17 July, 2006
Changes to rules around use of title
Prime Minister Helen Clark today announced changes to the rules relating to the use and the grant of the title ‘The Honourable’.
Helen Clark said that in 1974, the Queen approved rules relating to the use and grant of the title ‘The Honourable’. These rules provided for the title ‘The Honourable’ to be granted to certain senior public office holders, including the Prime Minister, Members of the Executive Council, the Speaker, the Chief Justice and senior Judges (if not Privy Counsellors), while in office. On relinquishing, or retirement from office, these public office holders were eligible to be recommended to the Queen for retention of the title for life.
“The Queen has recently approved some changes to the rules for the use and the grant of the title ‘The Honourable’ in New Zealand,” Helen Clark said.
The new rules:
- Make provision for the title ‘The Honourable’ to be used by the Governor-General (if he or she is not a Privy Counsellor) while in office and be retained for life. Under the previous rules, Executive Councillors (Ministers) were entitled to be granted the title ‘The Honourable’ on assumption of office, and be recommended for retention of the title for life. The Governor-General presides over, but is not a member of, Executive Council. The Governor-General was therefore ineligible for the grant of the title. The new rules have fixed this anomaly. The next Governor-General, Judge Satyanand, will be granted the title ‘The Honourable’ on assumption of office as Governor-General, for life.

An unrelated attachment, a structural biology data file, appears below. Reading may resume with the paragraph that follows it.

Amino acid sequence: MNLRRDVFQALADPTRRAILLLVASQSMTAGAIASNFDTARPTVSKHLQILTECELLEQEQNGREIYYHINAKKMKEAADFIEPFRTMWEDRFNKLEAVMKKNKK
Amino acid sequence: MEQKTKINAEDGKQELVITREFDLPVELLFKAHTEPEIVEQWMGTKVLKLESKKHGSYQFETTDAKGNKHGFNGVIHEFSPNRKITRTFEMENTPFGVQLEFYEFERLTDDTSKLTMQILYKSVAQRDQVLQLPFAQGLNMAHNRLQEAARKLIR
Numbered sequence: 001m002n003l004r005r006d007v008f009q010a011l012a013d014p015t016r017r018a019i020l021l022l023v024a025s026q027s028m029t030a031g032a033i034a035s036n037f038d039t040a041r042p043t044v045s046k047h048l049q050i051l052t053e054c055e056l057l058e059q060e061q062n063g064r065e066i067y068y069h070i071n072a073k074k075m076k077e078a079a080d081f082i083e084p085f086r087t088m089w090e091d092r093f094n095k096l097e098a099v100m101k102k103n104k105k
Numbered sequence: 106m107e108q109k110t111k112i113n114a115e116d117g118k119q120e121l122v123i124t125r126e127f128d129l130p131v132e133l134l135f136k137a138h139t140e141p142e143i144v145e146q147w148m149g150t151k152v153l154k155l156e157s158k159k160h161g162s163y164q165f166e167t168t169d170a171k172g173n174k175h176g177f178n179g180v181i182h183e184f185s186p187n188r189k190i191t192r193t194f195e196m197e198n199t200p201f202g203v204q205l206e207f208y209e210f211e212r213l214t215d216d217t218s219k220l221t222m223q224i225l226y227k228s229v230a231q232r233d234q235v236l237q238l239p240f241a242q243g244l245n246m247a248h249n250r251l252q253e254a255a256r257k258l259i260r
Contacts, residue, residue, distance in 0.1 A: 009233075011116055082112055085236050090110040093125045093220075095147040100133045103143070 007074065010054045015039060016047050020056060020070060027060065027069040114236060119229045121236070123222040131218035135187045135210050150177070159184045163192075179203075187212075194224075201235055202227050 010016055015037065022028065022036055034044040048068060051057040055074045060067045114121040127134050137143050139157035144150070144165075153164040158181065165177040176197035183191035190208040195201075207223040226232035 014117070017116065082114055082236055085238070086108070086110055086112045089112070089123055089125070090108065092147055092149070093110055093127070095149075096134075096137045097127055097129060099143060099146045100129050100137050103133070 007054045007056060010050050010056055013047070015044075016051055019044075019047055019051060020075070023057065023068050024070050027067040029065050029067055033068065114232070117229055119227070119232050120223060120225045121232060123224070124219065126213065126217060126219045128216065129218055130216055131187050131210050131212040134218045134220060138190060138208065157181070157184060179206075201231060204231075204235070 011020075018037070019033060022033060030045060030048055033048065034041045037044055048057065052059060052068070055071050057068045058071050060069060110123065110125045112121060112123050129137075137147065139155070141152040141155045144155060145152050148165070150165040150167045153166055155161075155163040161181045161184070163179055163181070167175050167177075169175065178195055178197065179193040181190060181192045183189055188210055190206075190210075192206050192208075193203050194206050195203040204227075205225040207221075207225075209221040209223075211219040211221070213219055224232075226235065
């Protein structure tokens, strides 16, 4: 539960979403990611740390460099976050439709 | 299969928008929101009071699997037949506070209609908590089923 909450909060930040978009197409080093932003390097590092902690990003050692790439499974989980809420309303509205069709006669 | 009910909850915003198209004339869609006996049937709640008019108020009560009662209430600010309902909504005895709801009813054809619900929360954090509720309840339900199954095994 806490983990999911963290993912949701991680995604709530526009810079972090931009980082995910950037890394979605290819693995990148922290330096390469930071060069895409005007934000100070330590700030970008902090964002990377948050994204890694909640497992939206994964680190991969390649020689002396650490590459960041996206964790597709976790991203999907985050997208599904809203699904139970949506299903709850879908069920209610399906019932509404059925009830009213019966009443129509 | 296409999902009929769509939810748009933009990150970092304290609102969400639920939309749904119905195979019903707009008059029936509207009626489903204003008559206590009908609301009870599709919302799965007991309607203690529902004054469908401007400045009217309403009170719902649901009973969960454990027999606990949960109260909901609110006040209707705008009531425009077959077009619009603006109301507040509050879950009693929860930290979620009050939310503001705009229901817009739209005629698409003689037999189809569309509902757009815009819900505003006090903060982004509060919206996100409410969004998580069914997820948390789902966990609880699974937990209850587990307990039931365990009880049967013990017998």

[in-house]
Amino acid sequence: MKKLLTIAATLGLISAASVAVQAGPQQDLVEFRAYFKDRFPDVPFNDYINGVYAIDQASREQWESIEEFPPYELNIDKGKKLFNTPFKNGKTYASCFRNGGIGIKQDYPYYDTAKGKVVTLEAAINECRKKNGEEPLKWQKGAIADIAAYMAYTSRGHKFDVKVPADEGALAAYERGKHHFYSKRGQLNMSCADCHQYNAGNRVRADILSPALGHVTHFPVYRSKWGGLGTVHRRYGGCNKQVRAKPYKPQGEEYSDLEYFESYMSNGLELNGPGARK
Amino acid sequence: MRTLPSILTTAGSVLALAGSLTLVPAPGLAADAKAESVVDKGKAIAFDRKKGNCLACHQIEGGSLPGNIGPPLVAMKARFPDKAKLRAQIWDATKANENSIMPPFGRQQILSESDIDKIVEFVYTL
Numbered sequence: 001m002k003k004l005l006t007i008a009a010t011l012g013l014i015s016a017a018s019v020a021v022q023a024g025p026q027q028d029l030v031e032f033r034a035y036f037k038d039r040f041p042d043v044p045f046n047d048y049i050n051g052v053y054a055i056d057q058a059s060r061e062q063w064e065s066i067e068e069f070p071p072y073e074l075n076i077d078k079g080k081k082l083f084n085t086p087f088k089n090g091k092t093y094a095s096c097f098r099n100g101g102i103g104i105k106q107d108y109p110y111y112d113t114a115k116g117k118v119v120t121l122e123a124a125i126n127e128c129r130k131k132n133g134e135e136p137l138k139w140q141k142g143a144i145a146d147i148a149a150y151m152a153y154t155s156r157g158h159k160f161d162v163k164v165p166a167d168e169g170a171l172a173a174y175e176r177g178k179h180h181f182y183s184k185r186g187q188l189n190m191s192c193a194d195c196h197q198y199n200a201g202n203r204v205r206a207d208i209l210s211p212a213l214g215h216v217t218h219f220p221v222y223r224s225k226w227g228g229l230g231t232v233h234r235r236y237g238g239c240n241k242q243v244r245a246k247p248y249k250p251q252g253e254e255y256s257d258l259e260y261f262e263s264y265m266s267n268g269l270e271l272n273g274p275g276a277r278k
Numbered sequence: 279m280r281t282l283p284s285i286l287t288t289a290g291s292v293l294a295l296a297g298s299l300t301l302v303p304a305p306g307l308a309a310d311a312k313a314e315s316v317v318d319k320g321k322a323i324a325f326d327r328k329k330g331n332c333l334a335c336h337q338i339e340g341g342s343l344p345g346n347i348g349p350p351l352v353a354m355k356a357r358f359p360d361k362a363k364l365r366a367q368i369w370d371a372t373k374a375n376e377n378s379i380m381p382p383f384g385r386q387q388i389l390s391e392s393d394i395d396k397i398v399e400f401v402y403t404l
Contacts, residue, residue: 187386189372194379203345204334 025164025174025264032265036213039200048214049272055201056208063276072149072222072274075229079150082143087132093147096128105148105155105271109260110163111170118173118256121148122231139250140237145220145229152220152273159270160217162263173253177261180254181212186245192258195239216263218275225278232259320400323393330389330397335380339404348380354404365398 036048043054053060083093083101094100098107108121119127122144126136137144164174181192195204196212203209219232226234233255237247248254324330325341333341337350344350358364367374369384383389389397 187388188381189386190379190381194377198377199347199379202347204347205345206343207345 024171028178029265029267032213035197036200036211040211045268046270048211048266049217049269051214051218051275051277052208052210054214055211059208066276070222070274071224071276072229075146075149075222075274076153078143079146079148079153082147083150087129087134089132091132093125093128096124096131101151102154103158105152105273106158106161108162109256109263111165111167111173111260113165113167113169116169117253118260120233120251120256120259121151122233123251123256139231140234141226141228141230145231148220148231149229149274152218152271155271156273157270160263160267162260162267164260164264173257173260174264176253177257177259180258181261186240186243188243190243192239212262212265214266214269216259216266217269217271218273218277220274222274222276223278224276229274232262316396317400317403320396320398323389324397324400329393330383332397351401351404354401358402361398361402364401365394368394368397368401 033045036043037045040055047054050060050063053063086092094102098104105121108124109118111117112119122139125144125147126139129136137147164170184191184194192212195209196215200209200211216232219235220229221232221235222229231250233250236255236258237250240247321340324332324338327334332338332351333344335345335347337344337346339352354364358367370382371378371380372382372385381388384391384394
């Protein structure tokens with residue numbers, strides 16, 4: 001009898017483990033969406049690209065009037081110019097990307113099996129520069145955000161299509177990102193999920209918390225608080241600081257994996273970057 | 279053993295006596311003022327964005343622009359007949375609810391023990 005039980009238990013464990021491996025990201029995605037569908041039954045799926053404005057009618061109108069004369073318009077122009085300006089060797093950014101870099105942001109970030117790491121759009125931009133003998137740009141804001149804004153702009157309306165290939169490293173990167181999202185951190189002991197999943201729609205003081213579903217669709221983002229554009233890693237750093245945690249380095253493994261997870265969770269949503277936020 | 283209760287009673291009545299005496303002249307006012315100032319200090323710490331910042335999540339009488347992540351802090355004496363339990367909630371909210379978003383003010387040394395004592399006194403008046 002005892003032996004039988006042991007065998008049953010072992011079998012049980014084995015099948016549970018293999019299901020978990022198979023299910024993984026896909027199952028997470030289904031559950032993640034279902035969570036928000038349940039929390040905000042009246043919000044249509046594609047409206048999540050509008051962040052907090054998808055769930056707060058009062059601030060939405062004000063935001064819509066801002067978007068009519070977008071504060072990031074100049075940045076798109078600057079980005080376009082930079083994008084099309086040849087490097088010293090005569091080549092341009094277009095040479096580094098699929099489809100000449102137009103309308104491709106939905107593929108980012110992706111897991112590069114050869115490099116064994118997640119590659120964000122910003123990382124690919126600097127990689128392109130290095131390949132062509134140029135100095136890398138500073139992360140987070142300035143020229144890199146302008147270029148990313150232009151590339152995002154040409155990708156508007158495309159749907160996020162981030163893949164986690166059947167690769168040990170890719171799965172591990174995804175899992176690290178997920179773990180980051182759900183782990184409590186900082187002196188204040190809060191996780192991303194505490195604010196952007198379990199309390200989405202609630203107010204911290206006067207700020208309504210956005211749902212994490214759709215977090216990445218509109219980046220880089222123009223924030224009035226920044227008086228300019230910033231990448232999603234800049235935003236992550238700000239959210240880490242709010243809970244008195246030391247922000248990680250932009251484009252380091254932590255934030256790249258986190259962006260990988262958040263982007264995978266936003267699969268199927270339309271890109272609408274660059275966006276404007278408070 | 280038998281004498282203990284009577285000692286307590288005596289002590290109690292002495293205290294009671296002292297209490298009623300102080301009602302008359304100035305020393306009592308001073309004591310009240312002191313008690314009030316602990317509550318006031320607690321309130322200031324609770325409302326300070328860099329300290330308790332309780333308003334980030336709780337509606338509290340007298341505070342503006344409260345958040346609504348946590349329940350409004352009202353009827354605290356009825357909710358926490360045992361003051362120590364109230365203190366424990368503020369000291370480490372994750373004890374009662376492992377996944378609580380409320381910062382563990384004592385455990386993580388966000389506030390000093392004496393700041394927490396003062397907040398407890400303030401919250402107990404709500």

- Make provision for former Governors-General (who are not Privy Counsellors or already entitled to use the title ‘The Honourable’ by virtue of a former role) to be granted the title ‘The Honourable’. Rt Rev Sir Paul Reeves and Dame Catherine Tizard will now be eligible to use the title ‘The Honourable’ and may retain it for life. Sir Michael Hardie-Boys is a Privy Counsellor, and is therefore already eligible to use the title ‘The Right Honourable’. Dame Silvia Cartwright has already been granted use of the title ‘The Honourable’ for life, as a result of her appointment as a High Court Judge.
- The new rules recognise the establishment of the Supreme Court, by explicitly listing Supreme Court Judges in the list of public office holders that are eligible for the grant of this title. No change in practice results from this change, because Supreme Court Judges were eligible for the grant of the title by virtue of their status as High Court Judges.
Helen Clark said that in the past, the Queen personally considered all recommendations made for public officer holders to retain the title ‘The Honourable’ for life. The Queen has now delegated authority to the Governor-General to consider such recommendations.